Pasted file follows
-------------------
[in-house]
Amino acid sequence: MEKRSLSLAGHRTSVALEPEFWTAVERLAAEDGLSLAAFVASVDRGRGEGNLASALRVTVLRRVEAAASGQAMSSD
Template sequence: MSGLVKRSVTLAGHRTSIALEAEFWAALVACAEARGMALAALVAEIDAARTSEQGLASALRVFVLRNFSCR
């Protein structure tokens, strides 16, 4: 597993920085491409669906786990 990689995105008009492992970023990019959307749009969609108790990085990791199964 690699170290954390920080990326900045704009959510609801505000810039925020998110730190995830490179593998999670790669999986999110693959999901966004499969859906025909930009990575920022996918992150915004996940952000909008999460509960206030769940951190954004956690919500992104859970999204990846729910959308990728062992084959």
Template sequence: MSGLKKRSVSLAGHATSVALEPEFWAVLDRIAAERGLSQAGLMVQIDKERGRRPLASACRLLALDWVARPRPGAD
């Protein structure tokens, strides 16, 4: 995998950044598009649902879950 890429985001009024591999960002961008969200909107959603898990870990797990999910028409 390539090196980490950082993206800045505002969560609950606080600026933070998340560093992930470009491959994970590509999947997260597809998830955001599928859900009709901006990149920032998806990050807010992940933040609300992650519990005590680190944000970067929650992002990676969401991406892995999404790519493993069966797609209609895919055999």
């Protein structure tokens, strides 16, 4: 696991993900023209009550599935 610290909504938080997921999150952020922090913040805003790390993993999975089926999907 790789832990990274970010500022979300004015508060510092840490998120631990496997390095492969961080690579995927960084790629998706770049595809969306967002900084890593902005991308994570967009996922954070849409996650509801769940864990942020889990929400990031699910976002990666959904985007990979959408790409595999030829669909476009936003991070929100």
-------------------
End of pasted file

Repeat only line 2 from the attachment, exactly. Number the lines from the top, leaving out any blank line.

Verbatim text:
Amino acid sequence: MEKRSLSLAGHRTSVALEPEFWTAVERLAAEDGLSLAAFVASVDRGRGEGNLASALRVTVLRRVEAAASGQAMSSD